Andy Griffith makes his screen debut as Larry Rhodes, a drifter who sometimes makes trouble just so he'll be thrown in jail to have somewhere to sleep for the night. The late Patricia Neal plays Marcia Jeffries, the daughter of the owner of a small Alabama radio station who goes into Larry Rhodes' jail to do a show called "A Face in the Crowd" where she captures the words of wisdom of everyday people. Larry's natural charisma, musical talent and storytelling ability make him a natural, and he's quickly given a regular gig on the station along with the nickname Lonesome making him known from here on in as Lonesome Rhodes.

He quickly becomes a local celebrity, and his powers of influence are shown early on when he tells the people of the Alabama small town that the mayor has graciously opened his pool up to the local children. Eventually, he's invited to Nashville to appear on regional television where he's not afraid to go off script and do what he wants, including collecting money for a black single mother with nine children whose house recently burned down. The money pours in for the woman as well as the sponsors of the show, though getting Lonesome to seriously plug products he doesn't believe in over the air proves difficult--at first.

His ratings and earning potential catch the eyes of the network executives in New York where Lonesome becomes an almost unprecedented nationwide success. The American public craves his folksy Southern attitude, but Lonesome is all too willing to compromise his principles to hold onto fame, which is never an easy thing to do. He goes so far as to ask Marcia to marry him only to publicly marry a 17 year-old baton twirler without telling her about it first.

Marcia has given her entire self over to Lonesome, and without her, he wouldn't be where he is. Sadly, the more he succumbs to his own inner demons due to the pressures of fame, the more she starts to crumble as a woman. Ultimately, at least one of the two of them is going to crack, and quite possibly in a brutally damning public way.

The ending of A Face in the Crowd feels quite similar to Sunset Blvd., a film that also deals with the fickle nature of fame. There's no happy ever after for Lonesome; he's become too much of a demagogue to be worthy of salvation. As a matter of fact, by the end of the film, he tries and fails to remember his real name. He's totally become Lonesome Rhodes, and that's a road he simply can't backtrack. A film that starts with so much joy ends with a great deal of unapologetic malevolence.

Griffith, who has become a television icon playing saintly Andy Taylor on The Andy Griffith show as well as the squeaky clean Matlock, gives a huge performance that's really compelling to watch. He's at his best early on when we're supposed to believe that Lonesome Rhodes has the charisma to capture the affection and attention of the nation. Griffith rises to the task and envelopes the screen making his character's success feel totally genuine. As he spirals out of control, the histrionics goes a little bit far, though as a screen debut and as an actor playing against his later reputation, Griffith is really something to see.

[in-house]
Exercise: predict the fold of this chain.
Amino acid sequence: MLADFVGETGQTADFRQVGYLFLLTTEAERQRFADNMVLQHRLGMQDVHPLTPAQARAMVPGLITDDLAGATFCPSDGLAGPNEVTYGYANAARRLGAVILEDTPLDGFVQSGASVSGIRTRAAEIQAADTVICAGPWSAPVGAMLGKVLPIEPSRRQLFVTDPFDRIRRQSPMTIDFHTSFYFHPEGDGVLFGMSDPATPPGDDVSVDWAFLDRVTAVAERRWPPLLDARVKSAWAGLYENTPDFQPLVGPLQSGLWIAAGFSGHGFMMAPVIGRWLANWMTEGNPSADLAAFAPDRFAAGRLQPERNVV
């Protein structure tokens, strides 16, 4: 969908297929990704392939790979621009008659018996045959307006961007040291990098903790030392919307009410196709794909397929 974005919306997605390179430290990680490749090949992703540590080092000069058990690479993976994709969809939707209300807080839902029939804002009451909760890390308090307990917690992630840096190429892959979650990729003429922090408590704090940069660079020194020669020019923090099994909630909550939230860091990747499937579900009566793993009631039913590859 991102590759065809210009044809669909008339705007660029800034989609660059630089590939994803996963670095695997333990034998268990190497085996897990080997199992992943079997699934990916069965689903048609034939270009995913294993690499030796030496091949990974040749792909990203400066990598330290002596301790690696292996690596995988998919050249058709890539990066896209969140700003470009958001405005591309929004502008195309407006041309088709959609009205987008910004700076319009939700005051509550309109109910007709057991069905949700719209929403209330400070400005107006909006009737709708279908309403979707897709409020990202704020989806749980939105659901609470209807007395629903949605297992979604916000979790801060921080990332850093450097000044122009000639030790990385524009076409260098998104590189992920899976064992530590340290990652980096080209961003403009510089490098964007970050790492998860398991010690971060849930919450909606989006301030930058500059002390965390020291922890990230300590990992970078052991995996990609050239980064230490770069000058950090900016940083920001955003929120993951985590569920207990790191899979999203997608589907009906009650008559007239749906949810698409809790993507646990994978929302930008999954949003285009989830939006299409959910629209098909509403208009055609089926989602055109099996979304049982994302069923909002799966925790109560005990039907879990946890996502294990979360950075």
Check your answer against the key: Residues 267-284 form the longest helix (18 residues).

We lost a great actress this past week when Patricia Neal died after battling a long illness. Her character goes through a transformation as well. Early on, she's supposed to be happy and fearless and then as Lonesome gains fame, she must show her character unraveling until the end when she's about to crack. Her performance is much more nuanced and quiet, though Neal gets a few explosive and disturbing moments which she delivers exceptionally well. Marcia could have come across as a pathetic pushover, but Neal always comes plays her as the smartest person on screen, even if her character isn't always in control of her own situation. If you haven't yet seen Hud, one of my favorite movies and the film which won Neal her Oscar, you should put it right at the top of your Netflix queue. Patricia Neal is one of the great screen talents ever, and it was a privileged to see one of her most lauded performances as Marcia Jeffries.

The controversial director Elia Kazan had a part in changing film acting by directing Marlon Brando in On the Waterfront. Kazan's way of coaxing performances out of actors is by having them express their emotions on their face with complete abandon. A Face in the Crowd mostly benefits because of this, with bombastic performances all around. Watching it can be a pretty draining experience, but it's certainly worth it.

With the Real Housewives and the Kardashians among others gaining notoriety in our own culture, A Face in the Crowd couldn't be more relevant today. Never has there been a time in history when the everyman or everywoman could so feasibly attain fame and its resulting influence. The society in the film was conned by a man who turned out to be a brute. Though the influencing faces might be new, is the crowd we live in today really all that different when it comes to blindly eating out of the often unwashed palms of those in celebrity?